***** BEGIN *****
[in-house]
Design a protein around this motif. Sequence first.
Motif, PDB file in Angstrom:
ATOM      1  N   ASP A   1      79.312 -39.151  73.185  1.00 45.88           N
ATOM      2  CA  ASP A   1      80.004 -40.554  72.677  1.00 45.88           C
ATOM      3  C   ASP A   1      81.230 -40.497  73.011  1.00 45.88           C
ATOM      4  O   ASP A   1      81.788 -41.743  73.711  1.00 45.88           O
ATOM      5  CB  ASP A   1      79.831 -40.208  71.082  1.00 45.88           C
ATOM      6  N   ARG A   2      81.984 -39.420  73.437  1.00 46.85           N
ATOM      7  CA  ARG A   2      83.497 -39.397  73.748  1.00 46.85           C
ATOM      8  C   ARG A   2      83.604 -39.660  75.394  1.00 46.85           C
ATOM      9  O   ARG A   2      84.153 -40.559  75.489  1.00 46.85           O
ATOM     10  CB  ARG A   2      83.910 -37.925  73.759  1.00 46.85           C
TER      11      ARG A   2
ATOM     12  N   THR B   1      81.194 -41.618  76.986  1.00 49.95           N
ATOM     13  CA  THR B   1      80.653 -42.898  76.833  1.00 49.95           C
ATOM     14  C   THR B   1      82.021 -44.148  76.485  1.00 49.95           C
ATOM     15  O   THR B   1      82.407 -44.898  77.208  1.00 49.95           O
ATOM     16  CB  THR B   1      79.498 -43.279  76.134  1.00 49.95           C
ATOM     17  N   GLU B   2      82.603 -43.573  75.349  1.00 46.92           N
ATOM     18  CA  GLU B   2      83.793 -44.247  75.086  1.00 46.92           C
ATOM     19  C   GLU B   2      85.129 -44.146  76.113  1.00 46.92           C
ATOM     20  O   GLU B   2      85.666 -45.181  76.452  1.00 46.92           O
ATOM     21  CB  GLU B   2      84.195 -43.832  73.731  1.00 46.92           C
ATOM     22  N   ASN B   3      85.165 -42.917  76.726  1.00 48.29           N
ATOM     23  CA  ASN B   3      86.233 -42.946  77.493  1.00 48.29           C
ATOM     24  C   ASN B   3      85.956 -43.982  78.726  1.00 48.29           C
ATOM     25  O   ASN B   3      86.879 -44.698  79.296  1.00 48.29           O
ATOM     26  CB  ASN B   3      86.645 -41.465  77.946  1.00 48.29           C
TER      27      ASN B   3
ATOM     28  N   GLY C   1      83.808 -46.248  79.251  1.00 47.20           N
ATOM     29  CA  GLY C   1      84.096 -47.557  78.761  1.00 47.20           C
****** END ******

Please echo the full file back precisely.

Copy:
[in-house]
Design a protein around this motif. Sequence first.
Motif, PDB file in Angstrom:
ATOM      1  N   ASP A   1      79.312 -39.151  73.185  1.00 45.88           N
ATOM      2  CA  ASP A   1      80.004 -40.554  72.677  1.00 45.88           C
ATOM      3  C   ASP A   1      81.230 -40.497  73.011  1.00 45.88           C
ATOM      4  O   ASP A   1      81.788 -41.743  73.711  1.00 45.88           O
ATOM      5  CB  ASP A   1      79.831 -40.208  71.082  1.00 45.88           C
ATOM      6  N   ARG A   2      81.984 -39.420  73.437  1.00 46.85           N
ATOM      7  CA  ARG A   2      83.497 -39.397  73.748  1.00 46.85           C
ATOM      8  C   ARG A   2      83.604 -39.660  75.394  1.00 46.85           C
ATOM      9  O   ARG A   2      84.153 -40.559  75.489  1.00 46.85           O
ATOM     10  CB  ARG A   2      83.910 -37.925  73.759  1.00 46.85           C
TER      11      ARG A   2
ATOM     12  N   THR B   1      81.194 -41.618  76.986  1.00 49.95           N
ATOM     13  CA  THR B   1      80.653 -42.898  76.833  1.00 49.95           C
ATOM     14  C   THR B   1      82.021 -44.148  76.485  1.00 49.95           C
ATOM     15  O   THR B   1      82.407 -44.898  77.208  1.00 49.95           O
ATOM     16  CB  THR B   1      79.498 -43.279  76.134  1.00 49.95           C
ATOM     17  N   GLU B   2      82.603 -43.573  75.349  1.00 46.92           N
ATOM     18  CA  GLU B   2      83.793 -44.247  75.086  1.00 46.92           C
ATOM     19  C   GLU B   2      85.129 -44.146  76.113  1.00 46.92           C
ATOM     20  O   GLU B   2      85.666 -45.181  76.452  1.00 46.92           O
ATOM     21  CB  GLU B   2      84.195 -43.832  73.731  1.00 46.92           C
ATOM     22  N   ASN B   3      85.165 -42.917  76.726  1.00 48.29           N
ATOM     23  CA  ASN B   3      86.233 -42.946  77.493  1.00 48.29           C
ATOM     24  C   ASN B   3      85.956 -43.982  78.726  1.00 48.29           C
ATOM     25  O   ASN B   3      86.879 -44.698  79.296  1.00 48.29           O
ATOM     26  CB  ASN B   3      86.645 -41.465  77.946  1.00 48.29           C
TER      27      ASN B   3
ATOM     28  N   GLY C   1      83.808 -46.248  79.251  1.00 47.20           N
ATOM     29  CA  GLY C   1      84.096 -47.557  78.761  1.00 47.20           C